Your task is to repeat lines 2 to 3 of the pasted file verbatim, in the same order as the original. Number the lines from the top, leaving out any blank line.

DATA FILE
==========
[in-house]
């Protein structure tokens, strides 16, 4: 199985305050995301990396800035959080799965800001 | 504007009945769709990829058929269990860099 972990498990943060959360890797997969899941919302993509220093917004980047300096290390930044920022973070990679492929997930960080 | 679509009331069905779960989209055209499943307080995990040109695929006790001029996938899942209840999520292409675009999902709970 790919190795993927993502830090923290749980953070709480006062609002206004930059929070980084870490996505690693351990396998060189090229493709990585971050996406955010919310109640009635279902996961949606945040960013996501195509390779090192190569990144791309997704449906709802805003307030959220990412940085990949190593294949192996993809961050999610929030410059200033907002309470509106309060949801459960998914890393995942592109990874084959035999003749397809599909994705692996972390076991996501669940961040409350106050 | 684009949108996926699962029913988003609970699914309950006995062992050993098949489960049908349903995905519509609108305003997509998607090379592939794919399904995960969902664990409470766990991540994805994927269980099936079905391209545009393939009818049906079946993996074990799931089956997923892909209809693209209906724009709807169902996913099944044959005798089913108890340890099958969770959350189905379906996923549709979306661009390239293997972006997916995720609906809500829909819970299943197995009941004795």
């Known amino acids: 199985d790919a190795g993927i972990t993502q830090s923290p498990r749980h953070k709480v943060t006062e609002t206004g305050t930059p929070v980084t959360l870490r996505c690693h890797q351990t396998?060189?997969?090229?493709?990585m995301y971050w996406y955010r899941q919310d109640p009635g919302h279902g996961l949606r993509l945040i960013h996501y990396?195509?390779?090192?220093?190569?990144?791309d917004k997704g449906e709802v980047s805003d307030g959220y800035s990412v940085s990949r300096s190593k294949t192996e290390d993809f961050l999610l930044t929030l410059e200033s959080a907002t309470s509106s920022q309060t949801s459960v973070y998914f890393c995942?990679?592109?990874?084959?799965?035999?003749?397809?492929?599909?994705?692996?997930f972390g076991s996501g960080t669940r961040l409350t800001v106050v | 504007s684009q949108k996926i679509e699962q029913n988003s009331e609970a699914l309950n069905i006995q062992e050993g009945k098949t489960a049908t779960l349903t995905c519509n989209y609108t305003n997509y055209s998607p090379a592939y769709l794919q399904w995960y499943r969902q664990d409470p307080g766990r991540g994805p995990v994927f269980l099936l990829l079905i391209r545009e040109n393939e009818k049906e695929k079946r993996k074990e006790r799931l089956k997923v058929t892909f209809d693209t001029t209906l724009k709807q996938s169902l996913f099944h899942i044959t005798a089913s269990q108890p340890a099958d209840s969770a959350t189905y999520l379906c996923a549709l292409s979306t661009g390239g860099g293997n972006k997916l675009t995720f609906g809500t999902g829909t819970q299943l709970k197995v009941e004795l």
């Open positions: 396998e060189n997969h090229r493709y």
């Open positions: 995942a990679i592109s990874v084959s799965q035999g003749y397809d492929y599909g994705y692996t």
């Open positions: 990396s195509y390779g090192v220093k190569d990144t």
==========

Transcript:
């Protein structure tokens, strides 16, 4: 199985305050995301990396800035959080799965800001 | 504007009945769709990829058929269990860099 972990498990943060959360890797997969899941919302993509220093917004980047300096290390930044920022973070990679492929997930960080 | 679509009331069905779960989209055209499943307080995990040109695929006790001029996938899942209840999520292409675009999902709970 790919190795993927993502830090923290749980953070709480006062609002206004930059929070980084870490996505690693351990396998060189090229493709990585971050996406955010919310109640009635279902996961949606945040960013996501195509390779090192190569990144791309997704449906709802805003307030959220990412940085990949190593294949192996993809961050999610929030410059200033907002309470509106309060949801459960998914890393995942592109990874084959035999003749397809599909994705692996972390076991996501669940961040409350106050 | 684009949108996926699962029913988003609970699914309950006995062992050993098949489960049908349903995905519509609108305003997509998607090379592939794919399904995960969902664990409470766990991540994805994927269980099936079905391209545009393939009818049906079946993996074990799931089956997923892909209809693209209906724009709807169902996913099944044959005798089913108890340890099958969770959350189905379906996923549709979306661009390239293997972006997916995720609906809500829909819970299943197995009941004795």
């Known amino acids: 199985d790919a190795g993927i972990t993502q830090s923290p498990r749980h953070k709480v943060t006062e609002t206004g305050t930059p929070v980084t959360l870490r996505c690693h890797q351990t396998?060189?997969?090229?493709?990585m995301y971050w996406y955010r899941q919310d109640p009635g919302h279902g996961l949606r993509l945040i960013h996501y990396?195509?390779?090192?220093?190569?990144?791309d917004k997704g449906e709802v980047s805003d307030g959220y800035s990412v940085s990949r300096s190593k294949t192996e290390d993809f961050l999610l930044t929030l410059e200033s959080a907002t309470s509106s920022q309060t949801s459960v973070y998914f890393c995942?990679?592109?990874?084959?799965?035999?003749?397809?492929?599909?994705?692996?997930f972390g076991s996501g960080t669940r961040l409350t800001v106050v | 504007s684009q949108k996926i679509e699962q029913n988003s009331e609970a699914l309950n069905i006995q062992e050993g009945k098949t489960a049908t779960l349903t995905c519509n989209y609108t305003n997509y055209s998607p090379a592939y769709l794919q399904w995960y499943r969902q664990d409470p307080g766990r991540g994805p995990v994927f269980l099936l990829l079905i391209r545009e040109n393939e009818k049906e695929k079946r993996k074990e006790r799931l089956k997923v058929t892909f209809d693209t001029t209906l724009k709807q996938s169902l996913f099944h899942i044959t005798a089913s269990q108890p340890a099958d209840s969770a959350t189905y999520l379906c996923a549709l292409s979306t661009g390239g860099g293997n972006k997916l675009t995720f609906g809500t999902g829909t819970q299943l709970k197995v009941e004795l």